We complain to get things “off our chest” not to resolve problems of fix things. This makes our complaints worthless. For example, we often complain about people: whether it is co-workers, spouse, or even our kids. However the complaining typically isn’t even to the people or person that can effect the outcome.
We complain about traffic, food, friends, customer service, etc. How often are our complaints really reaching someone who can help fix it? If you are out to dinner with your spouse and you complain to them about the food, they can’t fix it. You need to tell the server in order for it to be fixed.
Jason provides the example of traffic. His kids started complaining about traffic and he noticed that they obviously got that from him.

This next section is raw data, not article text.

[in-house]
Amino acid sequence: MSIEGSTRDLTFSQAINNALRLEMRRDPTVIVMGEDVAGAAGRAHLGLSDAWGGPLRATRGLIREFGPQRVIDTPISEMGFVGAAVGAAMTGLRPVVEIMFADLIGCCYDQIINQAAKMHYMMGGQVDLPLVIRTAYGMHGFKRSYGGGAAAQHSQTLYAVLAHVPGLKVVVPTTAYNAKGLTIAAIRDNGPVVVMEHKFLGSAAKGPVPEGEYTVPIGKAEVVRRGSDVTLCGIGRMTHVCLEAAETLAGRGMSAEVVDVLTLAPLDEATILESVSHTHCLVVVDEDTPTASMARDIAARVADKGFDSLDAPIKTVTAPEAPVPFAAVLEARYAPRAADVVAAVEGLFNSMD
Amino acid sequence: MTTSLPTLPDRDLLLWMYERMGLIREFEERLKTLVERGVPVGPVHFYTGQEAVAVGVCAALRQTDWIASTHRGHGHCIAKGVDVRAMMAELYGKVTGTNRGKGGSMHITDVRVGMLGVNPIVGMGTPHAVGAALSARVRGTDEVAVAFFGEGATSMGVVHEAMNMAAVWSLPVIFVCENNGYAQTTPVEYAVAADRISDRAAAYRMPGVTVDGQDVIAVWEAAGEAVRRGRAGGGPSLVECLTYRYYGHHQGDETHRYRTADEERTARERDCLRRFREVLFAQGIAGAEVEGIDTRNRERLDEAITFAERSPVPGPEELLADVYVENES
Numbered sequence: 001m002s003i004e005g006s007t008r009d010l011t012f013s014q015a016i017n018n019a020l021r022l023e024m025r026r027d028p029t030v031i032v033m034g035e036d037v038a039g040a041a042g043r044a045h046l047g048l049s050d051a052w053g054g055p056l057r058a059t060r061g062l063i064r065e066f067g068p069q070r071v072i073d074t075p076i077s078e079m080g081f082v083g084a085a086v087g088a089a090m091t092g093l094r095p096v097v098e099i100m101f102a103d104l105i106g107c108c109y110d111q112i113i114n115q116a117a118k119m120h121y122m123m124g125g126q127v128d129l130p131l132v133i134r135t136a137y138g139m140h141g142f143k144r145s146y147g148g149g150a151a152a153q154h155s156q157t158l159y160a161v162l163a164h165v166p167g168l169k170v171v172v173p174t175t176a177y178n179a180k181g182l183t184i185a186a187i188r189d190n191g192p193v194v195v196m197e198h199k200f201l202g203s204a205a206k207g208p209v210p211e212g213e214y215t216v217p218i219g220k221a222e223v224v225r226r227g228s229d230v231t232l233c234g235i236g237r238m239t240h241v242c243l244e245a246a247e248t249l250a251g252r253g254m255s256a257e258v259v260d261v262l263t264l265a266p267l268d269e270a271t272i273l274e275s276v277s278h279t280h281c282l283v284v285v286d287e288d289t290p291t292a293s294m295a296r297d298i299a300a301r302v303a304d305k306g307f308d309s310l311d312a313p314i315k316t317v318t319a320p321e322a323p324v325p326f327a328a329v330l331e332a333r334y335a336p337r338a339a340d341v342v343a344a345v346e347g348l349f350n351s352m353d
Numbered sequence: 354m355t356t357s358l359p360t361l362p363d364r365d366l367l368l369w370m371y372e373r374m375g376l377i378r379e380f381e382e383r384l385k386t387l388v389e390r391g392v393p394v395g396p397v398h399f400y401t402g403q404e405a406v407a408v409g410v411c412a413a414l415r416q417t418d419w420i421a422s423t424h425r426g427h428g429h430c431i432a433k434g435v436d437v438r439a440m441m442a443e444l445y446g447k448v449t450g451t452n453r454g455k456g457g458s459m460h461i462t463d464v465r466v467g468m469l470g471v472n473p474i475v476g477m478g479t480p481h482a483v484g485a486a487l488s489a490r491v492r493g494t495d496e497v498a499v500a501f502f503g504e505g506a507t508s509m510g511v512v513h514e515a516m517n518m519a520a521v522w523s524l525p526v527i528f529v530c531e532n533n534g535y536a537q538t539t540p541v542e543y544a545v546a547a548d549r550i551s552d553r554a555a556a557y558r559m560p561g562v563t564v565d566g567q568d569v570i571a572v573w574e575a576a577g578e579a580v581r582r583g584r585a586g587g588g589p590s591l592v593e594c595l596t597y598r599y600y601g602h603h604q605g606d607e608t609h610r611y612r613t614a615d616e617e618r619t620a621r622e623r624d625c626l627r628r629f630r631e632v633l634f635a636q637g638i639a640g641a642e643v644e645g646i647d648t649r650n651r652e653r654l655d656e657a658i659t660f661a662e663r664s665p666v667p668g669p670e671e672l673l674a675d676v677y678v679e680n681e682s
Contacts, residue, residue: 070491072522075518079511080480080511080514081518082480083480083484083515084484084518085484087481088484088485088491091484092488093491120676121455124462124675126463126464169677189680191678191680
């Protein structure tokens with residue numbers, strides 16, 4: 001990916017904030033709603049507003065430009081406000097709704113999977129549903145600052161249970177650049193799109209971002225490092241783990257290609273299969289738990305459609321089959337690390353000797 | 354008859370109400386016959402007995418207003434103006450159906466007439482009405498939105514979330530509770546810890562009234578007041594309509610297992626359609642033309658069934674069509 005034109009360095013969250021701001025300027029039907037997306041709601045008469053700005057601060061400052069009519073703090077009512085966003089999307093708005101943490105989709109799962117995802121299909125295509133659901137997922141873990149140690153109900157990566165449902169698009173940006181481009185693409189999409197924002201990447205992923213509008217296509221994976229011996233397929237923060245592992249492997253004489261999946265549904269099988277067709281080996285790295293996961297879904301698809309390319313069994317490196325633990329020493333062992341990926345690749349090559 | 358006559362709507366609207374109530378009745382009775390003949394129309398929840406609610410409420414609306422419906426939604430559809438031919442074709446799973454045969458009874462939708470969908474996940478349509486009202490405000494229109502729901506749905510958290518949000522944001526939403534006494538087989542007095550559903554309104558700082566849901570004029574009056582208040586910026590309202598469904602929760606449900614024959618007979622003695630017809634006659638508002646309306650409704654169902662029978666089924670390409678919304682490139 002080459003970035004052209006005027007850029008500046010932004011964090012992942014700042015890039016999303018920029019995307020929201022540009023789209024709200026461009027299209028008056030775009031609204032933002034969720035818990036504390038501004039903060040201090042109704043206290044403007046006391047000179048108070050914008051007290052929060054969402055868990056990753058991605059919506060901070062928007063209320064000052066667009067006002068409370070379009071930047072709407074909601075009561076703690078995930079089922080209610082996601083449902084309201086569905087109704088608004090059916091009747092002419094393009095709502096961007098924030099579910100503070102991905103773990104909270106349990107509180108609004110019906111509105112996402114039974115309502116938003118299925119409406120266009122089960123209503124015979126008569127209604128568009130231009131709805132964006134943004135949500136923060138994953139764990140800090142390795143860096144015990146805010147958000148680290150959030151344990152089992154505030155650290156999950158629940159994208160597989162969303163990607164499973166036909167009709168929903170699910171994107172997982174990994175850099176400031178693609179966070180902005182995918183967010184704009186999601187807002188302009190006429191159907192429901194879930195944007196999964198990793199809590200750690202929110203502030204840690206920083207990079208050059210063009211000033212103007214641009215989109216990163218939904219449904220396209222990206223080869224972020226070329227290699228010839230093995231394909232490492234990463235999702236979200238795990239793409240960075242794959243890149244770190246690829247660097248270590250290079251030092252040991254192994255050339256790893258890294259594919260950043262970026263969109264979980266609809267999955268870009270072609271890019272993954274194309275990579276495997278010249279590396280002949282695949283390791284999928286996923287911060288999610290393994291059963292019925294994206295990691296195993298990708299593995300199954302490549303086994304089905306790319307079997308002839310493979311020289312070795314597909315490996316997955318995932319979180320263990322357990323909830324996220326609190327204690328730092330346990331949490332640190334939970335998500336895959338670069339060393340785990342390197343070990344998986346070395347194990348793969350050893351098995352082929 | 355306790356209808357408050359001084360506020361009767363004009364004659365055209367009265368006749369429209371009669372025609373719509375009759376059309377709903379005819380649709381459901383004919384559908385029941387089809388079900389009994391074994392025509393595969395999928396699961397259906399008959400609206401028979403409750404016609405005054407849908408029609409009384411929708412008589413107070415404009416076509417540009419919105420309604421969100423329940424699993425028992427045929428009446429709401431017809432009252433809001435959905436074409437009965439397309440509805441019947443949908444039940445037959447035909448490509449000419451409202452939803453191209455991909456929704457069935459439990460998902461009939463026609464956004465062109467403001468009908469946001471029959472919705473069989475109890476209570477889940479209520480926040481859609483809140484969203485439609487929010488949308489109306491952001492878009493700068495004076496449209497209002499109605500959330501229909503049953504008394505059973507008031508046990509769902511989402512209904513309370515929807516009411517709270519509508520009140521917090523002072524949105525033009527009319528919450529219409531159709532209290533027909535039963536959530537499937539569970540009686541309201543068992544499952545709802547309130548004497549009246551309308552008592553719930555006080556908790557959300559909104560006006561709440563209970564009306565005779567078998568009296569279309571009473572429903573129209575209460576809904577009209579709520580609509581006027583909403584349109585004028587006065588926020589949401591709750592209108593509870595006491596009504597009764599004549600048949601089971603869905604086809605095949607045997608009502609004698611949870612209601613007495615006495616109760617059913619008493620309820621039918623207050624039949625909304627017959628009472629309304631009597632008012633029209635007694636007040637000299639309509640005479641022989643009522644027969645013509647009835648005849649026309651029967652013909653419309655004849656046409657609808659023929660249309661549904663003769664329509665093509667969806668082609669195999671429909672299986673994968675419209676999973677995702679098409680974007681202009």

We have issues and complaints all day long. The accumulation of frustration and helplessness from daily complaints impacts our moods and overall mental health. Chronic complainers think the world is out to get them
Here are 5 ways to reduce complaining:
1) Recognize a complaint
2) Put a rubberband on your wrist and snap it each time you complain.
3) Practice mindfullness – practice yoga and/or meditation
4) Learn to be grateful – I found an app that prompts me each day
5) Make a change – if you can affect the outcome, then take action. If you can’t, ask yourself if the complaining helps the situation
For kids, there would typically be reasons (which are important to them) that they are complaining: They may feel disconnected, they don’t like the change in location, or they just simply are not getting what they want.
Here are a few things you can do:
1) Be calm and try to look at it from their perspective
2) Use empathy to validate their feelings
3) Be curious and ask questions (you will sometimes find interesting info)
4) Show them love and compassion, yet be firm